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The Library in the Laundry Room

When I moved to the Upper West Side, my building disclosed a wonderful secret

Willard Spiegelman
December 28, 2018
Illustration: Tablet Magazine
Illustration: Tablet Magazine
Illustration: Tablet Magazine
Illustration: Tablet Magazine

Think what you will about Kafka’s famous claim that a book must be an axe to break the frozen sea within us. We read other kinds of books in addition to the tremor-inducing ones. What Kafka’s dangerous, proud pronouncement does not take into account is the conditions, the very places, in which we read any books: whether murderous or life-affirming, complex or simple, tragic or comic, heavy or light. For many of us, the library is the—dreadful phrase—safe space, that place where blood pressure goes down, imaginative and intellectual pleasures abound, where silence at least used to prevail, and where the world’s plenty is at one’s finger tips.

I have spent my life in libraries. When I was 8, my family moved to the green Philadelphia suburbs. I went to the local library to get my card. It was a proud moment. In ninth grade I did my first “research” paper, encouraged by a noble English teacher with whom we were reading Les Misérables. For reasons unremembered, I decided to write about the Paris sewers. Mrs. Ehrlich told me to go to the main branch of the Free Library of Philadelphia, near the Benjamin Franklin Parkway: a splendid, 1927 Beaux Arts building by Julian Abele, modeled on the Hôtel de Crillon on the Place de la Concorde in Paris. These were the days when a 14-year-old boy could safely use public transportation on his own. (He still can, of course, although fearful parents refuse to believe it.) I presented myself at the research desk and asked to see the maps and plans of the sewers, which then appeared at my desk. Ask, and it shall be given. A scholar, although not a future engineer, was made.

I have never looked back.

Last year, I retired. I left my academic post. I had to de-accession. As everyone knows, this is an initially terrifying but finally a liberating experience. People ask, “Was it hard to get rid of books?” Not at all. Hundreds of my books were paperbacks, brittle, yellowed, with small type, unread for decades and unlikely ever to be reread. I invited my students to scan the shelves in my office and take what they wanted. I donated books to libraries. My university included in its Willard Spiegelman Archive (!) copies of books from which I had taught, complete with annotations, and others autographed by their authors.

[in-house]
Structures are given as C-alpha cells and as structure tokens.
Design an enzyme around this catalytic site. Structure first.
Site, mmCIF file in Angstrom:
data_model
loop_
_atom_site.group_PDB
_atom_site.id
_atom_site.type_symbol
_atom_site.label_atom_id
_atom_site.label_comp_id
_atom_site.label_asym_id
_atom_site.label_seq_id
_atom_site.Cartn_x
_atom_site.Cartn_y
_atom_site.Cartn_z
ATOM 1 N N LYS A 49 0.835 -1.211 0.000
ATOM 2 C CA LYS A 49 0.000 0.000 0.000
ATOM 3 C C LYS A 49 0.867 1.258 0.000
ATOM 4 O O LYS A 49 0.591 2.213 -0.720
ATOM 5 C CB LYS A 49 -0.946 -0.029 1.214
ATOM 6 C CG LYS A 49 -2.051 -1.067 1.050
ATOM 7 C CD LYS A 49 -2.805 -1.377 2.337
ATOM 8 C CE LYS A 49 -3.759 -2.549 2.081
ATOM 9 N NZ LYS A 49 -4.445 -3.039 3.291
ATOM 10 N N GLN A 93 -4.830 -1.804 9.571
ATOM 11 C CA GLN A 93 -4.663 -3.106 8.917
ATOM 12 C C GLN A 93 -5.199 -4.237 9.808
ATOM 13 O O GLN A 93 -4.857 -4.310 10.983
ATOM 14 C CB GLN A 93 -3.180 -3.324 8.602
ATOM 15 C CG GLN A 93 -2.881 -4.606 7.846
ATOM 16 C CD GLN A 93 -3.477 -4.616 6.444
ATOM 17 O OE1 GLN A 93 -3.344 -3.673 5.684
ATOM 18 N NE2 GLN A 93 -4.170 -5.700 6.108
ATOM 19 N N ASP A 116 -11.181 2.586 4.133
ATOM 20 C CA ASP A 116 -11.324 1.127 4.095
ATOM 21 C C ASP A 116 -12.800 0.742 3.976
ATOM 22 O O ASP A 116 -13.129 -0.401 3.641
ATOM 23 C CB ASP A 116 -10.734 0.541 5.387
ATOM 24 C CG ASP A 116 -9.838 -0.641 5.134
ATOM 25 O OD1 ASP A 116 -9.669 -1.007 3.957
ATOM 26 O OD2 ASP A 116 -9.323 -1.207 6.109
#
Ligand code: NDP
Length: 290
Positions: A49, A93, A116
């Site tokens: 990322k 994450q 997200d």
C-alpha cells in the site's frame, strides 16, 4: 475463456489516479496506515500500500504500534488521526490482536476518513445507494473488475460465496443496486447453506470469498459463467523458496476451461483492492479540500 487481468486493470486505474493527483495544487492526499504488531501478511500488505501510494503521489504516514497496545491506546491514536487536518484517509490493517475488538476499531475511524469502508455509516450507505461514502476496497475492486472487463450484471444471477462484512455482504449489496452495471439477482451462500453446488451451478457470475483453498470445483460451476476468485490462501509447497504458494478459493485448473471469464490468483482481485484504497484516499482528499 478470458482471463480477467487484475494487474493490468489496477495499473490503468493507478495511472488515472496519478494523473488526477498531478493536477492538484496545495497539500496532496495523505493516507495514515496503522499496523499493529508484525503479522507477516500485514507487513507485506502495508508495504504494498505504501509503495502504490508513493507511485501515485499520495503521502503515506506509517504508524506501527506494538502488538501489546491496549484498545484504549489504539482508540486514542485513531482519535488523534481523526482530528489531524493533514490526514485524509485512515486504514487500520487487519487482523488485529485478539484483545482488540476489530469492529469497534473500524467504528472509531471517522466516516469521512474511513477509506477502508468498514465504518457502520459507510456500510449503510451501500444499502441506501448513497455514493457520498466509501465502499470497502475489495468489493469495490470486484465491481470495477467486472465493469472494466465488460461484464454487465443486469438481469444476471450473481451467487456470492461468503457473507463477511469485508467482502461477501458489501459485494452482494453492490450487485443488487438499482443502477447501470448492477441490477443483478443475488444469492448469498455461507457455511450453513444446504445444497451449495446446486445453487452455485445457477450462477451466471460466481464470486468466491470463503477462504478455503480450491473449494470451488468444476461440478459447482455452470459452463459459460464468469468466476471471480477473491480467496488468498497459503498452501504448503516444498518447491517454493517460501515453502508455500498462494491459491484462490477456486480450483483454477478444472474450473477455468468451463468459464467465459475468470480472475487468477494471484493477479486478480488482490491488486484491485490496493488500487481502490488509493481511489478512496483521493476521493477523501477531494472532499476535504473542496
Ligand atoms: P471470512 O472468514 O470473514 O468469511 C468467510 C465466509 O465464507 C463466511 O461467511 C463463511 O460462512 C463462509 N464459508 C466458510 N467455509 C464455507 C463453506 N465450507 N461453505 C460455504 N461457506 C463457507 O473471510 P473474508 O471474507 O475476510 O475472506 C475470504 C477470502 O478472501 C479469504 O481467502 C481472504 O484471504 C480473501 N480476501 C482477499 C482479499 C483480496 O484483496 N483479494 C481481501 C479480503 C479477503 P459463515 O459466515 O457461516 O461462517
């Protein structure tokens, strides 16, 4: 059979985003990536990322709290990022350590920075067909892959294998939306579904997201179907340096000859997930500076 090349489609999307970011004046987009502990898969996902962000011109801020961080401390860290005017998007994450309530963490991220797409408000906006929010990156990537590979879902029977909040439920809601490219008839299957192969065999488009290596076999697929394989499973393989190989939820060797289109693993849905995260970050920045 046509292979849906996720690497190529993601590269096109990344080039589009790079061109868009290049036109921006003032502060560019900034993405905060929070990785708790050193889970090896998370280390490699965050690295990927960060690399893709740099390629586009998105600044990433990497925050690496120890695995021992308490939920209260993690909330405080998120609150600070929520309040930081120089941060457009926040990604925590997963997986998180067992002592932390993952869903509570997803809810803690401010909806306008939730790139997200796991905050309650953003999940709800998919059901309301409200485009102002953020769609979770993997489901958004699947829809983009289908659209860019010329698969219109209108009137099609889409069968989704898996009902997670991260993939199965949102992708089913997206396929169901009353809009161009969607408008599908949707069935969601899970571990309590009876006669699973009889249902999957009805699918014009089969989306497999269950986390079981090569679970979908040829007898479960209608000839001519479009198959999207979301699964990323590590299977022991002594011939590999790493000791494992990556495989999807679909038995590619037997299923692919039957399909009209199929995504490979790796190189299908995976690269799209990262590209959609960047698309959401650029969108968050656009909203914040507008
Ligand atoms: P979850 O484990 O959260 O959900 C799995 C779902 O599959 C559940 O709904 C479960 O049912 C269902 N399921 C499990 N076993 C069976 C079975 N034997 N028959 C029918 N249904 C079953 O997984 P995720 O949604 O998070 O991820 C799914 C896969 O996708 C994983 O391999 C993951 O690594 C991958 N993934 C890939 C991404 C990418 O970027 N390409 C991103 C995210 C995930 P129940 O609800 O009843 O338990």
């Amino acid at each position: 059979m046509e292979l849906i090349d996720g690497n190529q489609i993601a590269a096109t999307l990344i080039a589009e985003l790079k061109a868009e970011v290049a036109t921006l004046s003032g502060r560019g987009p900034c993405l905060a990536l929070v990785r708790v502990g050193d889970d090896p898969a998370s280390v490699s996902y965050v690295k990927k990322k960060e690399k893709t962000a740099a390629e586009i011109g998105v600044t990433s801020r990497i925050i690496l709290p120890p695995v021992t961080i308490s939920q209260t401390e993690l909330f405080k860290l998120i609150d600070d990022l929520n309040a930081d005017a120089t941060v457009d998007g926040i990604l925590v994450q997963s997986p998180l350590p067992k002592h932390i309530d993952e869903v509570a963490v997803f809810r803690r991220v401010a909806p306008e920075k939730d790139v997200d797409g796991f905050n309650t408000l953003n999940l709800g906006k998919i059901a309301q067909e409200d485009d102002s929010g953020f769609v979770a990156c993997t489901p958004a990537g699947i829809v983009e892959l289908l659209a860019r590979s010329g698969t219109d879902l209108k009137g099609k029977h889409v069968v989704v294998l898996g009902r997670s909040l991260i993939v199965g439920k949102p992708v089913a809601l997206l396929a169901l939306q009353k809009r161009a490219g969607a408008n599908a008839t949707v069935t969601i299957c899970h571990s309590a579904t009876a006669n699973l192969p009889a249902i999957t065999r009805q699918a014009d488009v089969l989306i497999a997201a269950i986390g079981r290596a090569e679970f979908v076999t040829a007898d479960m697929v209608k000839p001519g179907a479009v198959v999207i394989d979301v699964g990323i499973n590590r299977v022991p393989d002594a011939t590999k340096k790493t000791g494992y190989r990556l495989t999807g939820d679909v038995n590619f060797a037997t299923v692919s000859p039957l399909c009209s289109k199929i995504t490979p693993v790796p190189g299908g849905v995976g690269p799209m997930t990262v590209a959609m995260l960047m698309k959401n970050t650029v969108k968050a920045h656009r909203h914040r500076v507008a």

Ownership of anything is a fool’s dream. We take nothing with us; hearses have no luggage racks, especially for books. In 2017, I moved north from Texas with 150 books. (Some retire to warmer weather; I had waited for decades to feel the northern chill again.) In my tiny seaside Connecticut town, I marched, on the first day after my move, to the Village Square, climbed the library stairs, and addressed myself to the nice English lady behind the desk. I felt like my 8-year-old self from decades before. “Please, miss, may I get a library card?”

Six years earlier, in anticipation of my retirement, I had taken a small apartment in New York City. I excitedly got a New York Public Library card. Then I made a donation to the Lincoln Center Performing Arts Library, on whose bountiful resources I have relied over the years, during countless trips there. What I was not expecting was to find a third northern library—a fourth, if you count the one on the Connecticut shoreline—in my basement on West End Avenue. I knew that I had hit pay dirt and also that I had come home, symbolically, when I went to the laundry room of my 28-story building with 400 apartments. Hundreds of books, neatly arranged and for the most part alphabetically ordered, filled 12 large wooden bookcases. Above the first shelf was posted a stern note from the head librarian, whoever that was. She (it’s a she—more on that in a moment) wrote:

Books Are Limited to Fiction, Non-Fiction, Mysteries and Biographies.
Magazines, How To Books, Travel Books, and Cookbooks Will Not Be Accepted.

During the six years of my residency here, new books have entered the shelves; others have disappeared. I was responsible for at least one liberation: a nice copy of Leaves of Grass is now in my bookcase. I figured that since poetry is not among the accepted categories down below, I was justified in bringing it upstairs. No one has complained.